Malawi Police moves in to deter GBV in flood victims’ evacuation camps

Flood displaced people in Mulanje

By Natasha Muthete, MANA

Malawi Police Service (MPS) have underscored the need for concerted efforts in dealing with gender-based violence (GBV) in the country’s evacuation camps.


Assistant Commisioner of Police, Francis Chisaka — who is deputy director of community policing services and rural police units visited flood survivors at Mitawa Primary School camp in Muloza-Mulanje where he emphasized that any form of abuse to flood survivors is a serious offence as it adds salt to injury to the already suffering people.

Chisaka warned that police would arrest anyone taking advantage of the situation to abuse people, especially women and girls in evacuation camps.

“Let us put in place strong structures to be looking at these issues and report to appropriate authorities,” he said. “Sexually abusing women and girls or stealing their little items in camps should not happen as this injures them further.”

During the visit, Chisaka also handed over reflective jackets to community policing members and a suggestion box for the people to register their concerns that include GBV issues at the camp.


Receiving the items on behalf of community policing members, Village Head Namasalima commended police for the gesture, saying people at that camp and other evacuation centre were suffering and therefore needed support in any form.

She the effects of the two Cyclones has left many people without food, clothes and other necessities, and that children are also unable to go to school. 

One of the disaster survivors, Annie Paul from Namasalima Village, concurred with the village head, saying life was tough at the camp and that support was needed.

“I lost many items, including food, clothes as well as my house. While I thank those who have been helping us, more support is still needed,” she said.

Relief food

Meanwhile, it was reported last week that some beneficiaries of relief items within the evacuation camps in Chikwawa were secretly selling the donated items, which Group Village Head Katemalinga in Traditional Authority Maseya strongly condemned.

Maseya told Malawi News Agency (MANA) that instant responses to the disasters’ survivors is a very welcome gesture, but abusing the items is cause for worry, even though the justification is that the victims are lacking other equally important basic needs.

Thus the Village Head said they welcome assistance from well-wishers in their quest to alleviate immediate needs of the communities through food and non-food items but the people “also need hard cash to cater for other basic needs”.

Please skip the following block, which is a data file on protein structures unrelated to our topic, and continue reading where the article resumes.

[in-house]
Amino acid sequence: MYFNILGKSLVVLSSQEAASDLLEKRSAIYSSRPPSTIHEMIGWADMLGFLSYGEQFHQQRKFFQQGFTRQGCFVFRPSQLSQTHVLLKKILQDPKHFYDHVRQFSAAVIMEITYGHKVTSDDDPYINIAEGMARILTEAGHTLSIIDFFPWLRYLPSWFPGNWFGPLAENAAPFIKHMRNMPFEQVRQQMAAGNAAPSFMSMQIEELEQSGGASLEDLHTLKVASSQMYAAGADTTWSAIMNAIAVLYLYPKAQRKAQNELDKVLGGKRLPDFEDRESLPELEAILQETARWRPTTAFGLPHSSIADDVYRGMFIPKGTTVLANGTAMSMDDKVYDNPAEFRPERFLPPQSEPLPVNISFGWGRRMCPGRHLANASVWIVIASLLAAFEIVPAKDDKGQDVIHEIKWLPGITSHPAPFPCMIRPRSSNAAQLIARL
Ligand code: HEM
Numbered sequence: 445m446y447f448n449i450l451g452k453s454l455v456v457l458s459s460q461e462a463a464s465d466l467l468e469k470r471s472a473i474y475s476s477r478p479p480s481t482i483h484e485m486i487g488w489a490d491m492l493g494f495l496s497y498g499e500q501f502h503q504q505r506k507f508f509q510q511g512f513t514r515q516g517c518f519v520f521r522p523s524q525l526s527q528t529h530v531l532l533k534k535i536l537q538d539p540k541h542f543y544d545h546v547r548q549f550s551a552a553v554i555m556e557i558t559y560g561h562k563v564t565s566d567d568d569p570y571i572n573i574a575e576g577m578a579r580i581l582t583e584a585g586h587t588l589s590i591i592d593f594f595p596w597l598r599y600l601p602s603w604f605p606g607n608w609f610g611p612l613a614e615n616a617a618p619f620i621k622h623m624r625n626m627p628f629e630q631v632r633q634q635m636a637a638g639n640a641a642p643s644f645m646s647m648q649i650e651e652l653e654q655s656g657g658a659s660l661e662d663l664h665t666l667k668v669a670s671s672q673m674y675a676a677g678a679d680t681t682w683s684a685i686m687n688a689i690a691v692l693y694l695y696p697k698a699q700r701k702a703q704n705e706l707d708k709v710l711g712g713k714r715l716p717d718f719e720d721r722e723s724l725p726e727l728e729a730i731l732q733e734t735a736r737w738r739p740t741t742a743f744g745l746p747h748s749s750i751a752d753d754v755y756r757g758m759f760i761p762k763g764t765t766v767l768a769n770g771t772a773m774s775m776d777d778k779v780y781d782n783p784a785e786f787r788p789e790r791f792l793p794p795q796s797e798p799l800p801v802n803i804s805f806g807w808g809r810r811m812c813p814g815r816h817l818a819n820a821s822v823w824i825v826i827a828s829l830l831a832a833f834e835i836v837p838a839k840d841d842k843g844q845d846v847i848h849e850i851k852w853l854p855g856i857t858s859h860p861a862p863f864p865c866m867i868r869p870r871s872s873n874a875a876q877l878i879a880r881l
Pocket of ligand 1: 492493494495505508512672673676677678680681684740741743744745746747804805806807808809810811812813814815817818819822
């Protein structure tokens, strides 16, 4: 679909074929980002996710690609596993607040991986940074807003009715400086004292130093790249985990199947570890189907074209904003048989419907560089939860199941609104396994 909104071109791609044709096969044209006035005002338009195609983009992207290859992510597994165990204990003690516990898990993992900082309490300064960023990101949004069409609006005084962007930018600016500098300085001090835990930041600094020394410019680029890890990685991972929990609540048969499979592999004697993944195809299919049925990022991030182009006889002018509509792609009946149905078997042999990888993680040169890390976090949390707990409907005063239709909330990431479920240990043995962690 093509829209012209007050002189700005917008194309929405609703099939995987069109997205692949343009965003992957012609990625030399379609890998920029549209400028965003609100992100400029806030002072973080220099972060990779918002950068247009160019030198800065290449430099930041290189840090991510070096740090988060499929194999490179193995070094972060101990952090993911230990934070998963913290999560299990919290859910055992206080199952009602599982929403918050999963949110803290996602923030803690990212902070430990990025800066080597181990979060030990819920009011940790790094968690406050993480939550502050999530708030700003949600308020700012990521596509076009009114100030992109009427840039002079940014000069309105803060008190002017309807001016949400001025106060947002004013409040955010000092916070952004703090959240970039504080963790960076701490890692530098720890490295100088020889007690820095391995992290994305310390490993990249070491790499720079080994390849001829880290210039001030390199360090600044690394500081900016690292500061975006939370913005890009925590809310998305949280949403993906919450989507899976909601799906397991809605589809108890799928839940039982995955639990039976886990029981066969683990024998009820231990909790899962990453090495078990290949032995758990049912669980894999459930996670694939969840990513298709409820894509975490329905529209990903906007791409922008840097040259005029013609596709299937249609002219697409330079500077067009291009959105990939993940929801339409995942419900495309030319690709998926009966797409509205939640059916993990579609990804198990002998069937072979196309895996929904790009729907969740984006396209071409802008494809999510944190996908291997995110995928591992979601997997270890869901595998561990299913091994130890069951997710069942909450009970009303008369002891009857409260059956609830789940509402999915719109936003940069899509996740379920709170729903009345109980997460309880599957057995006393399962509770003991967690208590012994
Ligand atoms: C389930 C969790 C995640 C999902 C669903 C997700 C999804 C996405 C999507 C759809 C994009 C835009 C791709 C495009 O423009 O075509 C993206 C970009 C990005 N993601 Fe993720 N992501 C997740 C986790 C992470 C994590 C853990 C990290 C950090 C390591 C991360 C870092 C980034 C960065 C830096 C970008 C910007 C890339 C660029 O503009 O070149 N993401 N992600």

Katemalinga also observed that when one problem is sorted out, another one is created, saying not all donors can cushion for all food and non-food emergency relief commodities at once.

He added that it is not surprising that the flood survivors secretly sell their relief items for fear of reprisals.

“As much as hard cash remains imperative for every individual, I urge let the donors civic educate the beneficiaries prior to the actual distribution exercise to deter this abuse,” Katemalinga said.

Chikwawa District projects coordinator for World Vision Malawi, Mark Allan told MANA that this is indeed a wake-up call and that the office will intensify awareness throughout the district.


However, he bemoaned the selling of the relief items by some of the beneficiaries, urging them stop forthwith, even if it may be done to alleviate themselves against other needs.

Meanwhile, Malawi Red Cross Society is on a country-wide exercise of distributing cash to flood survivors and last week they were in Salima District where a total of K52 million were expected to be disbursed with relief cash.

Speaking to MANA, the Society’s director of finance, Chifundo Kalulu said they will reach out to over 800 beneficiaries in four traditional authorities of Kambwiri, Pemba, Maganga and Kuluunda.

He said those whose houses got damaged will receive K50,000 for house renovations while others will be getting K39,000 for basic needs.Additional reporting by Grace Kapatuka, MANA

A beneficiary receiving her cash from an Airtel Money agent